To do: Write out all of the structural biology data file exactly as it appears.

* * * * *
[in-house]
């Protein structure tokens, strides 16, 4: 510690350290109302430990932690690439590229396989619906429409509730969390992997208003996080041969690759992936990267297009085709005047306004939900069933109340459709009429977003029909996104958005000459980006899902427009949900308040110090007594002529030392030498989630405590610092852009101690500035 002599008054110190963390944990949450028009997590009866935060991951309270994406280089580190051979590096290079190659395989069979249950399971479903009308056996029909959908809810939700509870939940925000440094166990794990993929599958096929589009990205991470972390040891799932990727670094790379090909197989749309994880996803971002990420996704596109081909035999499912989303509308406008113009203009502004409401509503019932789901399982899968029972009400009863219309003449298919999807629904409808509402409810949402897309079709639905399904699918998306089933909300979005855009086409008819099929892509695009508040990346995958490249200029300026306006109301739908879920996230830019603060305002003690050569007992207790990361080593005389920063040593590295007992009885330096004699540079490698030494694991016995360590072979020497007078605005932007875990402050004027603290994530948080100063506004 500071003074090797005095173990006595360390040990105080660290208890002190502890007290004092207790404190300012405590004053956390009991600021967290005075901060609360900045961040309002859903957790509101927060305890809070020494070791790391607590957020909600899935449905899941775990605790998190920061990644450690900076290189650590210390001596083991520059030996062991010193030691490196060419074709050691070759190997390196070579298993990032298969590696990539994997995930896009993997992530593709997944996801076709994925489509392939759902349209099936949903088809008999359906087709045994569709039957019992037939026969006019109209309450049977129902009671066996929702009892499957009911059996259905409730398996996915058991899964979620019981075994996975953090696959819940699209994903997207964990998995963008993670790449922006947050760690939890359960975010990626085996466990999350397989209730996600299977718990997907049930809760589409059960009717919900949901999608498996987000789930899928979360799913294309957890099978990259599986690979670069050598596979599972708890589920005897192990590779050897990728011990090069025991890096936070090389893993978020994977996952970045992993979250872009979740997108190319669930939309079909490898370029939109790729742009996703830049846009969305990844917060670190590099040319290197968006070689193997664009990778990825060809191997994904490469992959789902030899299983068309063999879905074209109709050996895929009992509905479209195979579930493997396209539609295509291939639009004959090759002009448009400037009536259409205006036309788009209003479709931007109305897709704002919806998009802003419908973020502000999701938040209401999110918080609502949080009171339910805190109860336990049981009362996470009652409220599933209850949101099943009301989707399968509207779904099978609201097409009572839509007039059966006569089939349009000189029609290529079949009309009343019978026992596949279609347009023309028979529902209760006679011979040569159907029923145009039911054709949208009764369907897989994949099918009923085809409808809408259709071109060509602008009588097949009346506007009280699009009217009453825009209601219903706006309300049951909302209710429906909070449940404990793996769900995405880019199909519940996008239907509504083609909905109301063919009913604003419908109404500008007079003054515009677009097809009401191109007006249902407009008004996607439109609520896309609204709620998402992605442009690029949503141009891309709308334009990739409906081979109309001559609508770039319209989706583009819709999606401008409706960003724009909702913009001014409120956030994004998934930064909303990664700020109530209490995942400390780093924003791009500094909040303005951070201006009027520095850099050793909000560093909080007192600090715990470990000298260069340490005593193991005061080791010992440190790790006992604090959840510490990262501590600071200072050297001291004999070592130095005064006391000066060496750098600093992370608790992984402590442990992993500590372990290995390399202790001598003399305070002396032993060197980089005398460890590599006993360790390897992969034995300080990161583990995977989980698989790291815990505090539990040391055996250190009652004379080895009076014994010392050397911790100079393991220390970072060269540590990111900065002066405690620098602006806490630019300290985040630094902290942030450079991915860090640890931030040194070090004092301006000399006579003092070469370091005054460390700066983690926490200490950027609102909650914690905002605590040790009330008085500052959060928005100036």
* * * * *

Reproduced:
[in-house]
């Protein structure tokens, strides 16, 4: 510690350290109302430990932690690439590229396989619906429409509730969390992997208003996080041969690759992936990267297009085709005047306004939900069933109340459709009429977003029909996104958005000459980006899902427009949900308040110090007594002529030392030498989630405590610092852009101690500035 002599008054110190963390944990949450028009997590009866935060991951309270994406280089580190051979590096290079190659395989069979249950399971479903009308056996029909959908809810939700509870939940925000440094166990794990993929599958096929589009990205991470972390040891799932990727670094790379090909197989749309994880996803971002990420996704596109081909035999499912989303509308406008113009203009502004409401509503019932789901399982899968029972009400009863219309003449298919999807629904409808509402409810949402897309079709639905399904699918998306089933909300979005855009086409008819099929892509695009508040990346995958490249200029300026306006109301739908879920996230830019603060305002003690050569007992207790990361080593005389920063040593590295007992009885330096004699540079490698030494694991016995360590072979020497007078605005932007875990402050004027603290994530948080100063506004 500071003074090797005095173990006595360390040990105080660290208890002190502890007290004092207790404190300012405590004053956390009991600021967290005075901060609360900045961040309002859903957790509101927060305890809070020494070791790391607590957020909600899935449905899941775990605790998190920061990644450690900076290189650590210390001596083991520059030996062991010193030691490196060419074709050691070759190997390196070579298993990032298969590696990539994997995930896009993997992530593709997944996801076709994925489509392939759902349209099936949903088809008999359906087709045994569709039957019992037939026969006019109209309450049977129902009671066996929702009892499957009911059996259905409730398996996915058991899964979620019981075994996975953090696959819940699209994903997207964990998995963008993670790449922006947050760690939890359960975010990626085996466990999350397989209730996600299977718990997907049930809760589409059960009717919900949901999608498996987000789930899928979360799913294309957890099978990259599986690979670069050598596979599972708890589920005897192990590779050897990728011990090069025991890096936070090389893993978020994977996952970045992993979250872009979740997108190319669930939309079909490898370029939109790729742009996703830049846009969305990844917060670190590099040319290197968006070689193997664009990778990825060809191997994904490469992959789902030899299983068309063999879905074209109709050996895929009992509905479209195979579930493997396209539609295509291939639009004959090759002009448009400037009536259409205006036309788009209003479709931007109305897709704002919806998009802003419908973020502000999701938040209401999110918080609502949080009171339910805190109860336990049981009362996470009652409220599933209850949101099943009301989707399968509207779904099978609201097409009572839509007039059966006569089939349009000189029609290529079949009309009343019978026992596949279609347009023309028979529902209760006679011979040569159907029923145009039911054709949208009764369907897989994949099918009923085809409808809408259709071109060509602008009588097949009346506007009280699009009217009453825009209601219903706006309300049951909302209710429906909070449940404990793996769900995405880019199909519940996008239907509504083609909905109301063919009913604003419908109404500008007079003054515009677009097809009401191109007006249902407009008004996607439109609520896309609204709620998402992605442009690029949503141009891309709308334009990739409906081979109309001559609508770039319209989706583009819709999606401008409706960003724009909702913009001014409120956030994004998934930064909303990664700020109530209490995942400390780093924003791009500094909040303005951070201006009027520095850099050793909000560093909080007192600090715990470990000298260069340490005593193991005061080791010992440190790790006992604090959840510490990262501590600071200072050297001291004999070592130095005064006391000066060496750098600093992370608790992984402590442990992993500590372990290995390399202790001598003399305070002396032993060197980089005398460890590599006993360790390897992969034995300080990161583990995977989980698989790291815990505090539990040391055996250190009652004379080895009076014994010392050397911790100079393991220390970072060269540590990111900065002066405690620098602006806490630019300290985040630094902290942030450079991915860090640890931030040194070090004092301006000399006579003092070469370091005054460390700066983690926490200490950027609102909650914690905002605590040790009330008085500052959060928005100036």